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Last Updated: Thursday, 10 May 2007, 14:46 GMT 15:46 UK
BBC's Johnston wins press award
Alan Johnston
Alan Johnston was abducted at gunpoint on 12 March
BBC correspondent Alan Johnston, who was abducted in Gaza nearly two months ago, has won a major journalism prize at a London awards ceremony.

He was named broadcast journalist of the year by the London Press Club for his work reporting from the Gaza Strip.

Mr Johnston has not been seen since he was seized at gunpoint on 12 March.

He has lived and worked in Gaza for three years and was the only Western reporter permanently based in the often violent and lawless territory.

He has been widely acclaimed for his reporting from across Gaza, which is home to 1.3 million Palestinians.

The awards ceremony was held a day after an Islamic group purporting to hold Mr Johnston issued demands for his release and distributed a tape containing an image of the reporter's BBC staff pass.

The BBC has said it hopes the tape is a sign that Alan Johnston will soon be released.

World protests

At the time of his nomination, the London Press Club pointed out that the decision to nominate Mr Johnston was taken before his kidnap.

Mr Johnston's reports for BBC TV, radio and for the BBC News website offered some insight into how the volatile security situation in Gaza affected the lives of ordinary Palestinians.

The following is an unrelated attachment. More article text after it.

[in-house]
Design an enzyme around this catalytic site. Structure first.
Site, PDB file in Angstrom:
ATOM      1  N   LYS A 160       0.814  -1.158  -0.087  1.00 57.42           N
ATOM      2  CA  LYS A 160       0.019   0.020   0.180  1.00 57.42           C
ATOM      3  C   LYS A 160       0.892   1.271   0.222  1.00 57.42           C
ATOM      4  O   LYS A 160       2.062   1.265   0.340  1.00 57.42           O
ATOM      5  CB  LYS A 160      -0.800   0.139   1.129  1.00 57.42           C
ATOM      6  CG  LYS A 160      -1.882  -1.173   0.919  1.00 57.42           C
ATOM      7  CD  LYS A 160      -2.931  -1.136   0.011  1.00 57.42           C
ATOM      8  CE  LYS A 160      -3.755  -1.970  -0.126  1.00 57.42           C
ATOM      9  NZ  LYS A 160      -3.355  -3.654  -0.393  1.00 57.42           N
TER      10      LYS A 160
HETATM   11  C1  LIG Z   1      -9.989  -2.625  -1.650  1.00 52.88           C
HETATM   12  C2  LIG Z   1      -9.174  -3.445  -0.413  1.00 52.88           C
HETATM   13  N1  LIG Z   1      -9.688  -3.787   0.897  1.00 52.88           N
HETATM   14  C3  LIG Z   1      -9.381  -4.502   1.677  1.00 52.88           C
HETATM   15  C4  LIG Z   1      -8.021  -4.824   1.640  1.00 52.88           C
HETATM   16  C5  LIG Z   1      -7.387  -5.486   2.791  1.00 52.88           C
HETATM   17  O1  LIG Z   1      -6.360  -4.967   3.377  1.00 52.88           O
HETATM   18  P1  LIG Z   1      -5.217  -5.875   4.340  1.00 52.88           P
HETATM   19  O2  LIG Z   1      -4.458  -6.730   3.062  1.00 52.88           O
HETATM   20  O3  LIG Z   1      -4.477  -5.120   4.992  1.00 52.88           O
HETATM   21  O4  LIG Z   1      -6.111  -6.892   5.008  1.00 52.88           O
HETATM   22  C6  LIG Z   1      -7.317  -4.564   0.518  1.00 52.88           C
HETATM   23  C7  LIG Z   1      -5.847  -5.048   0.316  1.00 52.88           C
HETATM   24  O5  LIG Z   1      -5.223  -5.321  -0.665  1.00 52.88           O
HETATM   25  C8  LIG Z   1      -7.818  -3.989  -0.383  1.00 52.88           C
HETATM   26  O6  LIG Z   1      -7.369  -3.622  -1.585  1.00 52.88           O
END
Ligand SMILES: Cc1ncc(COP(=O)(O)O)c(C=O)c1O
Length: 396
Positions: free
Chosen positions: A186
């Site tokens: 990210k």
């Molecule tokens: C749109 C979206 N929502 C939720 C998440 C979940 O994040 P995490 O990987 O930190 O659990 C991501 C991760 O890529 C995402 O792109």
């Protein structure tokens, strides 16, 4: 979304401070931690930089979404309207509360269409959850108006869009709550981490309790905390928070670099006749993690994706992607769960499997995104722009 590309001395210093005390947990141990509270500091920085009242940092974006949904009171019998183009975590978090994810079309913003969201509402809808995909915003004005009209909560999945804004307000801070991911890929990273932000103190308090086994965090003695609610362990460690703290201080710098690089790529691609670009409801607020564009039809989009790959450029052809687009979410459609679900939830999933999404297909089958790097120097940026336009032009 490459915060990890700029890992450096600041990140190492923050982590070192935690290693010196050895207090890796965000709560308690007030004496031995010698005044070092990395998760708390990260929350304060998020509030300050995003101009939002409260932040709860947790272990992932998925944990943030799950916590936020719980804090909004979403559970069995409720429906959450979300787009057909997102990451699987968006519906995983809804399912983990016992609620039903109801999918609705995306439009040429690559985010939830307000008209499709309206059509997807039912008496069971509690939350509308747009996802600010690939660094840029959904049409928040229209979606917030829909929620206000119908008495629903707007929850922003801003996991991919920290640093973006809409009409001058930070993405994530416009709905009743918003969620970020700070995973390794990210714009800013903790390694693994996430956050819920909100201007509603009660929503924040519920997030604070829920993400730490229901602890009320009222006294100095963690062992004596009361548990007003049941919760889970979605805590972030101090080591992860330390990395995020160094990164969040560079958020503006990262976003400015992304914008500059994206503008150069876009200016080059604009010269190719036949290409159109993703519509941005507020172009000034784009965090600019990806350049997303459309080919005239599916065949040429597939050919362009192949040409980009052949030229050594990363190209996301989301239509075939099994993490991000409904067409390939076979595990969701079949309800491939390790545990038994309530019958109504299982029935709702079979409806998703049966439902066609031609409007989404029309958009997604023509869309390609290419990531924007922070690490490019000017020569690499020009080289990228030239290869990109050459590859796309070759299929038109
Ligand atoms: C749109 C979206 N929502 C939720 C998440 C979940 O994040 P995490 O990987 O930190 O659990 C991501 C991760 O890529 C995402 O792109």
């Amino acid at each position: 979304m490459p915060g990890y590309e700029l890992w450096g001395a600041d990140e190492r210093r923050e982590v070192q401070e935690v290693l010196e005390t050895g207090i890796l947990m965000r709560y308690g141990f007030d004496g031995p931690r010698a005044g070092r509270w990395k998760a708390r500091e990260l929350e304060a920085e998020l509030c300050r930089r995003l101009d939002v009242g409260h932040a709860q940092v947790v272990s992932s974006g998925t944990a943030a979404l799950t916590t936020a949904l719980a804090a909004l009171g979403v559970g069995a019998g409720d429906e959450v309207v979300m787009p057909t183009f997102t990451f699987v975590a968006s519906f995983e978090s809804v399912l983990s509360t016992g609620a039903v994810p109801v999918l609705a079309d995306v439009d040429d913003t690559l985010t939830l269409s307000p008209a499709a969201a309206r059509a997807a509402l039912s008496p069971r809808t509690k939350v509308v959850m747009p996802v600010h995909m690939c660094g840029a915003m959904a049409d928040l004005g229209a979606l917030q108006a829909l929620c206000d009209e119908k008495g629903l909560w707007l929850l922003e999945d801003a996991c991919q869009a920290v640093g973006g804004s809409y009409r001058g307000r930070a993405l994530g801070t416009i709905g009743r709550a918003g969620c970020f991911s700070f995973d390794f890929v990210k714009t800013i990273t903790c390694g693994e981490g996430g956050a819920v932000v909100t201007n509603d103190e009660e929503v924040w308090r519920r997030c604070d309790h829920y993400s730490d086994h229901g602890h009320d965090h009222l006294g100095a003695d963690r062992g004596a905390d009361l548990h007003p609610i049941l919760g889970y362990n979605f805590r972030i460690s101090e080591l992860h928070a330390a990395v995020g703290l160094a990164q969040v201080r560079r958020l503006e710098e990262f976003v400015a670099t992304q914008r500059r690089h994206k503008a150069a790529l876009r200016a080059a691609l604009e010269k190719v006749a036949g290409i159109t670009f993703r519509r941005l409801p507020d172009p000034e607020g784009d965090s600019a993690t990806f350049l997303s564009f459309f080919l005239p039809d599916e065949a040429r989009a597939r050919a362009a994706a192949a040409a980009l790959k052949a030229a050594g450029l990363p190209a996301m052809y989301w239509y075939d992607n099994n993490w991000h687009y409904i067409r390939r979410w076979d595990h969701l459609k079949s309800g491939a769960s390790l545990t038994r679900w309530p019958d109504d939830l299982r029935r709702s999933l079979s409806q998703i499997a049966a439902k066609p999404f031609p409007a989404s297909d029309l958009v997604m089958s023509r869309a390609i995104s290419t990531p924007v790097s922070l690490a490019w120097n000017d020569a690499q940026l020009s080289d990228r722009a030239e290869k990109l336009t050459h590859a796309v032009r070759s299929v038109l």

His abduction has provoked a strong reaction from journalists around the world, including among Palestinian media workers.

Alan Johnston's BBC id
An Islamic group released this image of Mr Johnston's ID card
They staged a three-day strike to protest at Mr Johnston's seizure soon after his disappearance.

In pleas to their son's captors, Mr Johnston's parents have appealed for his release, describing him as "a friend of the Palestinian people".

Speaking at the awards ceremony, the Archbishop of York called for Mr Johnston to be freed, and told of his own imprisonment in Idi Amin's Uganda.

The Archbishop described how he was "kicked around like a football and beaten terribly" in a Ugandan jail.

Mr Johnston joined the BBC World Service in 1991 and has spent eight of the last 16 years as a correspondent, including periods in Uzbekistan and Afghanistan.




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